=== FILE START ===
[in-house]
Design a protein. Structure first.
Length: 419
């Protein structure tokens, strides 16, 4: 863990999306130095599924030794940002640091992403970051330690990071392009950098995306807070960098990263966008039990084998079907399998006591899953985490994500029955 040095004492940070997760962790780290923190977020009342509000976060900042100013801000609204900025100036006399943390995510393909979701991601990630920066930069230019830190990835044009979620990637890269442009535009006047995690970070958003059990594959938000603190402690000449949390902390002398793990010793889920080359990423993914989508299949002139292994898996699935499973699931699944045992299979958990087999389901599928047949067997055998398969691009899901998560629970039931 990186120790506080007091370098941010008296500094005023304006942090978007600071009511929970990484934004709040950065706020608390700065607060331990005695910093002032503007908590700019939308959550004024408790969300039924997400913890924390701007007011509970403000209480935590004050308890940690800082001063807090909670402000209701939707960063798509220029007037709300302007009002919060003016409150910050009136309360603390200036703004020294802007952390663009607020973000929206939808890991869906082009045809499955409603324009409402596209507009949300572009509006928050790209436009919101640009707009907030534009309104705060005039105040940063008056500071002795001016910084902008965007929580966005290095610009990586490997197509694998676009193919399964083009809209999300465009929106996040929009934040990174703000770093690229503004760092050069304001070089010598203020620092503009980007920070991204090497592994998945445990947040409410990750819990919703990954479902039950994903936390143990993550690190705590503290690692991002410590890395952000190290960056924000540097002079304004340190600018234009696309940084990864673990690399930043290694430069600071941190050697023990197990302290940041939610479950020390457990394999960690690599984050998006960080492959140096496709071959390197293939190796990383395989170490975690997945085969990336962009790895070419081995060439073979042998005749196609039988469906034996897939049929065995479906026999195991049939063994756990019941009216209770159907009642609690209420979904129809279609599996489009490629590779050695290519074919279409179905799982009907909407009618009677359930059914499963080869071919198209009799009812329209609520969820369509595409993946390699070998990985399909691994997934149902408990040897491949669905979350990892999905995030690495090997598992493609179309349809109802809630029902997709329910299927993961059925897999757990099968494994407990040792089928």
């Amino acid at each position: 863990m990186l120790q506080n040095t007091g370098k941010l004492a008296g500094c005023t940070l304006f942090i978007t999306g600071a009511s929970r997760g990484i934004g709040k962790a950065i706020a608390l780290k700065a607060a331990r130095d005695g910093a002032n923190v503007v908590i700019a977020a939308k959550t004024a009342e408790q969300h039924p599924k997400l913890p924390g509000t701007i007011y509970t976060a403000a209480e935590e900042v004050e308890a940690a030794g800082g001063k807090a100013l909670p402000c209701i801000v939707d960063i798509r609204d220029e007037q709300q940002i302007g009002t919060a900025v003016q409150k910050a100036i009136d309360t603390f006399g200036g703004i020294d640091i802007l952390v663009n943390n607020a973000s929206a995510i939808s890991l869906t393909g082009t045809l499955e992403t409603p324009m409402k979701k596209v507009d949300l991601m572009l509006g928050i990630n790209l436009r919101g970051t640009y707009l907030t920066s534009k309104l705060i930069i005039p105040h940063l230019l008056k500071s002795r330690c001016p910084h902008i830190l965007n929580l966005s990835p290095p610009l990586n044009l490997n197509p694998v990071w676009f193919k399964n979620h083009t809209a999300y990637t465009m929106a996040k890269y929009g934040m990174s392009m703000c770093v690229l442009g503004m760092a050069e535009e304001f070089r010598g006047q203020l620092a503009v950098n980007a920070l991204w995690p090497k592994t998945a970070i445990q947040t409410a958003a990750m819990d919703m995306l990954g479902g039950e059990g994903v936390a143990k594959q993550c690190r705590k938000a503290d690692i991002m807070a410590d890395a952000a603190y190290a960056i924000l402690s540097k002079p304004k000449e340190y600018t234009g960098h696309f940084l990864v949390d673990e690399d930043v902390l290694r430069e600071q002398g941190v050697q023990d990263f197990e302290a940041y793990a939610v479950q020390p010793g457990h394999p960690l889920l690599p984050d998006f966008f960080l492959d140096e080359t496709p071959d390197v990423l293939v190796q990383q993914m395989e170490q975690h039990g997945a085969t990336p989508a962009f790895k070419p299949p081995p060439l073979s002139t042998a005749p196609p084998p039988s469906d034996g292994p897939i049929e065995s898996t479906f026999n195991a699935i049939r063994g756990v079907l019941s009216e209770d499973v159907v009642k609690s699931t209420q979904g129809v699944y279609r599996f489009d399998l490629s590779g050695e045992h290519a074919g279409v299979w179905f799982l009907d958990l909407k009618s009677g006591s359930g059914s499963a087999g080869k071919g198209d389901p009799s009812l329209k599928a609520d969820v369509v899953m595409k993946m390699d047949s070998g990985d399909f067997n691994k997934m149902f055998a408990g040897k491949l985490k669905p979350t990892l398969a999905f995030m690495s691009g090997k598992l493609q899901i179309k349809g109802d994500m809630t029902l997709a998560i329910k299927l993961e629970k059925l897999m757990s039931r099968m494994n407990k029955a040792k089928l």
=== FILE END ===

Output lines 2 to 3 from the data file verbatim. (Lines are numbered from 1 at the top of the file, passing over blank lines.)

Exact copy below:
Design a protein. Structure first.
Length: 419